Stillwater and I watched the premiere of the Lifetime Film, Betty & Coretta, the night before last on TV. I was pleasantly surprised to find the movie feminist, which is something I so rarely see in the media these days as men continue their escalating 6,000 year war on women and male violence continues to be the biggest issue on this planet.
Betty & Coretta is a film about the friendship between Dr. Betty Shabazz (played by Mary J. Blige) and Coretta Scott King (played by Angela Bassett). For those unfamiliar with American history, they were the widows of Malcolm X and Dr. Martin Luther King, Jr. Both men were activists and leaders in the Civil Rights movement who were gunned down and assassinated. Myrlie Evers, the widow of Medgar Evers, another Civil Rights activist and leader who was also assassinated, makes a couple of brief appearances in the film as well. I was unable to find the name of the actress who portrayed Myrlie Evers, as the media continues to invisiblize women and focuses on the men even tho the movie wasn’t about the men. I was appalled to see that the media doesn’t even seem to know these incredible women’s names even tho they were brilliant, charismatic activists and leaders in their own right. The media refers to them only as widows and merely the property of their husbands.
The film primarily focuses on Dr. Betty Shabazz’s trials and tribulations after the assassination of Malcolm X (El-Hajj Malik El-Shabazz) and her friendship with Coretta Scott King. Dr. Betty and three of her and Malcolm’s daughters were present and only a few feet away when Malcolm X was gunned down in front of their eyes. Qubilah Shabazz, their second daughter, who was 5 at the time, was especially traumatized by the event which continued to haunt her well into her adult life and led to a life of struggle. Which is part of the problem of the man box. It focuses only on the men and ignores the toll it takes on wives and children, who are invisibilized and forgotten.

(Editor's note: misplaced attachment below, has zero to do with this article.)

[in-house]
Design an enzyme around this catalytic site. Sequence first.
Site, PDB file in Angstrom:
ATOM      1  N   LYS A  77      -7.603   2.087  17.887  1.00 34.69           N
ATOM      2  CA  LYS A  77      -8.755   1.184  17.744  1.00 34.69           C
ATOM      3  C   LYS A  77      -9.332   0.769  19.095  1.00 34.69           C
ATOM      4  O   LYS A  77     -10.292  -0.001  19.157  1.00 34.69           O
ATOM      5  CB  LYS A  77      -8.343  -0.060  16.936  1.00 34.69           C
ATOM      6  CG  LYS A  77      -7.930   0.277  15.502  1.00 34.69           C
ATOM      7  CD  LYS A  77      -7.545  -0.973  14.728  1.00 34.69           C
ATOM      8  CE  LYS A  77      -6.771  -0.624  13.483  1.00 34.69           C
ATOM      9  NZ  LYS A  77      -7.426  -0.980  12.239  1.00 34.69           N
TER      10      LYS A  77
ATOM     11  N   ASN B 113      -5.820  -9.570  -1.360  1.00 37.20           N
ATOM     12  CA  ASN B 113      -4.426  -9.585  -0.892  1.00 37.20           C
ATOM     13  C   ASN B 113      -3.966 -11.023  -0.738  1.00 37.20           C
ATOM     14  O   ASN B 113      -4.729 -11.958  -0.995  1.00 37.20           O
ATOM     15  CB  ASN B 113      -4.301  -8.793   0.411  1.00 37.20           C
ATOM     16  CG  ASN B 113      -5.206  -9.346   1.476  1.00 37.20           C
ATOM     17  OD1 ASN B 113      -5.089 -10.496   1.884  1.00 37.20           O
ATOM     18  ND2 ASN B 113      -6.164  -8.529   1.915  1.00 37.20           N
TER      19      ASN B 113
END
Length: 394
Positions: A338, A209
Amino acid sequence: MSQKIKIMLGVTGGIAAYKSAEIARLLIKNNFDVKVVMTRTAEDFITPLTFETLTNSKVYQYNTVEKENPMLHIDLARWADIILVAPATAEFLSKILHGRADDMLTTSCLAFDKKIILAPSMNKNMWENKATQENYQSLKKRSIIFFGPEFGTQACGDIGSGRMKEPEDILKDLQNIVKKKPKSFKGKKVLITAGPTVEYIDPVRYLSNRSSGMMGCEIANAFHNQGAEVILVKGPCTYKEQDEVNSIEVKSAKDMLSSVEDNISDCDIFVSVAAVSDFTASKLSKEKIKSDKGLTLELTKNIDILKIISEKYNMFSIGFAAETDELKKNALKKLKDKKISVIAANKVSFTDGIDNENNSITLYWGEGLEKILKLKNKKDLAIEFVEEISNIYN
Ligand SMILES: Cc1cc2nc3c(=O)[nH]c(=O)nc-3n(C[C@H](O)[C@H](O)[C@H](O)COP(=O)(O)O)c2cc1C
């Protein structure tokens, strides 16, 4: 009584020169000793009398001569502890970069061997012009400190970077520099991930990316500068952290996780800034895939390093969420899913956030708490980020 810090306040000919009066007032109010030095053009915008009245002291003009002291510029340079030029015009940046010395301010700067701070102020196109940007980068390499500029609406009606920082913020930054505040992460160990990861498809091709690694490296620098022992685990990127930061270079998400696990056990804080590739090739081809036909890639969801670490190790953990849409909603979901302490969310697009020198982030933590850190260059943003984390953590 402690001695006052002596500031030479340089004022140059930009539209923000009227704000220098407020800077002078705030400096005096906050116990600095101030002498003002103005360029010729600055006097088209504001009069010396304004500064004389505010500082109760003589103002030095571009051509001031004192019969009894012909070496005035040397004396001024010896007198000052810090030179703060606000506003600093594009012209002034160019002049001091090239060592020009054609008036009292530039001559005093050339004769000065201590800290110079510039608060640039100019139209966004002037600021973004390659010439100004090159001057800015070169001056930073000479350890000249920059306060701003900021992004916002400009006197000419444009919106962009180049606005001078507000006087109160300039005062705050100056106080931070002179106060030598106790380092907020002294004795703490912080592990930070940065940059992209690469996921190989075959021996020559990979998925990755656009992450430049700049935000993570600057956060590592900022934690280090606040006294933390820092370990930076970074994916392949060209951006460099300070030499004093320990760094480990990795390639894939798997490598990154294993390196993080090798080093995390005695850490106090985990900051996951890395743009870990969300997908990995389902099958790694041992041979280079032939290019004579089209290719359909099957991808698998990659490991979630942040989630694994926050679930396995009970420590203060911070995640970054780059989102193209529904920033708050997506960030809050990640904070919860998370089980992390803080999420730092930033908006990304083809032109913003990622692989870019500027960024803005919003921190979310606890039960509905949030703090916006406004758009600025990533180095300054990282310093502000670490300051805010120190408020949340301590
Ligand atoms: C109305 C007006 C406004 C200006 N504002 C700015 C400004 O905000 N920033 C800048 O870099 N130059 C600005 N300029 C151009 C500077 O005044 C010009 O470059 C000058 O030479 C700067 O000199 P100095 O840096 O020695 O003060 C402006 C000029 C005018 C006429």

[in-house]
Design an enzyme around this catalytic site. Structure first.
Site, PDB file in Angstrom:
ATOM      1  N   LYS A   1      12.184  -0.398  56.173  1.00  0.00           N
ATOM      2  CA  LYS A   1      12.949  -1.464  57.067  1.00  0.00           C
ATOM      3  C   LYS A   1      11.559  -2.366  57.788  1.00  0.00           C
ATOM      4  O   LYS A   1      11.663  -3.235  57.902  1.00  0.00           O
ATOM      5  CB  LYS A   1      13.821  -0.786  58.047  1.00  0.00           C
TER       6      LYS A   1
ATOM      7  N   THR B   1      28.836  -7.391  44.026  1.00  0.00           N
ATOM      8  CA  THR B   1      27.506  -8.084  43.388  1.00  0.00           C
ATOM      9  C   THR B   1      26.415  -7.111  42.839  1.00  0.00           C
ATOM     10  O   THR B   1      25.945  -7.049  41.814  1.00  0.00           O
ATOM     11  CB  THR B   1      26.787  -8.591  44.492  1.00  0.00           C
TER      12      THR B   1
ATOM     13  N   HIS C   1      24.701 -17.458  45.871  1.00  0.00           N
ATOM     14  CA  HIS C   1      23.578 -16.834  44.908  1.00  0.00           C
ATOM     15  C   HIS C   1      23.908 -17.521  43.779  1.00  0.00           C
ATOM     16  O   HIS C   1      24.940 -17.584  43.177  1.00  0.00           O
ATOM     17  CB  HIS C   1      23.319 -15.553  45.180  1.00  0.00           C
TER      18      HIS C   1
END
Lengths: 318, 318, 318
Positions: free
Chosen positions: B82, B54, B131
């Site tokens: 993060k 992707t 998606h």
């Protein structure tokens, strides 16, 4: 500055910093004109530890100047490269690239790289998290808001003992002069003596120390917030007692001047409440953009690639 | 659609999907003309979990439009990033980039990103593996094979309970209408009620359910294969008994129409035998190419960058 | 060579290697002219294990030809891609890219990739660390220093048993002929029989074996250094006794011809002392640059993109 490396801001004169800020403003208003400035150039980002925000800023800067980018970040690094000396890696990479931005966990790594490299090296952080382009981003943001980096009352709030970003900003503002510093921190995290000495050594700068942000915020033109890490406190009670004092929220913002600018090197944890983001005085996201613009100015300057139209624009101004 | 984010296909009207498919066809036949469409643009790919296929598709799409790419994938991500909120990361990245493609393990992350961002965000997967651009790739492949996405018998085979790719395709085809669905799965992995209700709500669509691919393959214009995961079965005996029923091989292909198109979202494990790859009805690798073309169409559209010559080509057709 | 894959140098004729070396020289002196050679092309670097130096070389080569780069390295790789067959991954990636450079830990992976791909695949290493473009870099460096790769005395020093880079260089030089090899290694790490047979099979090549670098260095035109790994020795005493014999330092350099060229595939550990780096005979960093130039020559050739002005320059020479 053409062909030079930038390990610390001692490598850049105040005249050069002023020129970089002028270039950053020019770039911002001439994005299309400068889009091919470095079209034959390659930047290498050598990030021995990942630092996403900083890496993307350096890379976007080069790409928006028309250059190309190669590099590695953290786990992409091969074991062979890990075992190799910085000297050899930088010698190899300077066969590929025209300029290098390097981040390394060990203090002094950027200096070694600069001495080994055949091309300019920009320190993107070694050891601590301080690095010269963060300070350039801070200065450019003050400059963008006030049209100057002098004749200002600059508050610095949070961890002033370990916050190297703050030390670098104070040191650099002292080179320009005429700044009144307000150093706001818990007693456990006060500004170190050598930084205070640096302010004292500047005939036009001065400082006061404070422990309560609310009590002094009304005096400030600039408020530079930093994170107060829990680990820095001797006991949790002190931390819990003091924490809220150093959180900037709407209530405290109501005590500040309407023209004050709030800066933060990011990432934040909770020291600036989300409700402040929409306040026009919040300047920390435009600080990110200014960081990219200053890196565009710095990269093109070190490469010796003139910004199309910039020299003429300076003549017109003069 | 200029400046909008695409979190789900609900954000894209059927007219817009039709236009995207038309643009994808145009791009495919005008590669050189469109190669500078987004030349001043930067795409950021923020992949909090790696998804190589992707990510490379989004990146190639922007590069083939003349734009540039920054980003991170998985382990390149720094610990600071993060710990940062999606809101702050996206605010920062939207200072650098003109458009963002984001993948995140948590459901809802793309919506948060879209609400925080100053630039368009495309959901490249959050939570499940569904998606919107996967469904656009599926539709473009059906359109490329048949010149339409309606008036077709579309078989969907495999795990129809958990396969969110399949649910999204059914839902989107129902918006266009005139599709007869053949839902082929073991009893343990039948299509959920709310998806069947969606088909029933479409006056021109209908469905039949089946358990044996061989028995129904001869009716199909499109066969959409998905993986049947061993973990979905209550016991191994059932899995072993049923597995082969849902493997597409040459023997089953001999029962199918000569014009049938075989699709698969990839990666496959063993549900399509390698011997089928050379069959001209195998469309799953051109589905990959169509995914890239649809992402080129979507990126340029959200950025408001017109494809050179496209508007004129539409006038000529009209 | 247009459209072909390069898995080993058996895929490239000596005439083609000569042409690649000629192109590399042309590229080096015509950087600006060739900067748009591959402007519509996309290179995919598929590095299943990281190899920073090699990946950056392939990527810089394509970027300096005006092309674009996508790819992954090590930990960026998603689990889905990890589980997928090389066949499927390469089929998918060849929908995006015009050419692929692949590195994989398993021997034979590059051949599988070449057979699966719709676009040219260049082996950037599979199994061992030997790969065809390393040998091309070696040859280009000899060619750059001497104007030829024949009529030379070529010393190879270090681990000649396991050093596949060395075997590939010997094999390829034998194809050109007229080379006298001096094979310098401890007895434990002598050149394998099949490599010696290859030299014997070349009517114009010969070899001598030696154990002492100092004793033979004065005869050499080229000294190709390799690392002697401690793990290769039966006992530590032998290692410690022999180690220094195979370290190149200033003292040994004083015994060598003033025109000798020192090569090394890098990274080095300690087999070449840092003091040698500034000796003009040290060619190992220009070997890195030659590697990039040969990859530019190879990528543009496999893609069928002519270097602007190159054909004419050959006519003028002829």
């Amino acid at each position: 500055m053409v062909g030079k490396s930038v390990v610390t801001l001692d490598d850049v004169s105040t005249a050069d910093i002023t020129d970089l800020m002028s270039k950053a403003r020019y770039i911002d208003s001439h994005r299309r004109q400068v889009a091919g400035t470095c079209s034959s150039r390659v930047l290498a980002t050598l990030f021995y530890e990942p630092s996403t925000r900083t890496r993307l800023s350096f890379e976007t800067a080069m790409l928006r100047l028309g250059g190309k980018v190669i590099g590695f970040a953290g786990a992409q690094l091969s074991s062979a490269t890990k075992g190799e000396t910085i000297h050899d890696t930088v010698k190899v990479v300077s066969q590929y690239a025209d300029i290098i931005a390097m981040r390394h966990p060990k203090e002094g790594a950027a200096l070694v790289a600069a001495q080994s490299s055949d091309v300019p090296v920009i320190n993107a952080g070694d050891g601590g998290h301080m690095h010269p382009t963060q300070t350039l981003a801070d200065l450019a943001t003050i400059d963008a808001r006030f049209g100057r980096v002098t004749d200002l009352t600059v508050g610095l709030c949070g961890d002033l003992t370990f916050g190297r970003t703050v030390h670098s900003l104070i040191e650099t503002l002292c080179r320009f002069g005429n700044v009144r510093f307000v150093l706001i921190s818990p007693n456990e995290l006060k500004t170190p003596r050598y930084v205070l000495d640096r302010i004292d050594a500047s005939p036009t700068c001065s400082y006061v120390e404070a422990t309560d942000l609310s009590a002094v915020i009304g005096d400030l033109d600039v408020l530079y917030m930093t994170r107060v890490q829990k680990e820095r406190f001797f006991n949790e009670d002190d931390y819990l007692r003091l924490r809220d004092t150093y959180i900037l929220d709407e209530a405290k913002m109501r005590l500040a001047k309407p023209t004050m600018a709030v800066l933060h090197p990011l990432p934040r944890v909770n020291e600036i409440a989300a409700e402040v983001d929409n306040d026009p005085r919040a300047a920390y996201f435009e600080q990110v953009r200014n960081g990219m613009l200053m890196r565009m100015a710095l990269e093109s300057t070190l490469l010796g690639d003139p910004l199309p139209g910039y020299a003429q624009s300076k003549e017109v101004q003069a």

In 1995, Qubilah Shabazz was arrested in connection to an alleged plot to kill Louis Farrakhan, who the family believed to be responsible for Malcolm’s assassination. I doubt it’s merely a belief. They probably had good reason to think Farrakhan was involved. I personally have no use for the man. He oozes with evil and makes my skin crawl. Farrakhan agreed to drop all charges and support and finance Qubilah’s defense if Dr. Betty would stand with him in public and retract her assertions that Farrakhan was involved in Malcolm X’s assassination. The family believes they were set up by Farrakhan. Qubilah continues to maintain her innocence in this alleged plot to kill Farrakhan. Told you the man is evil.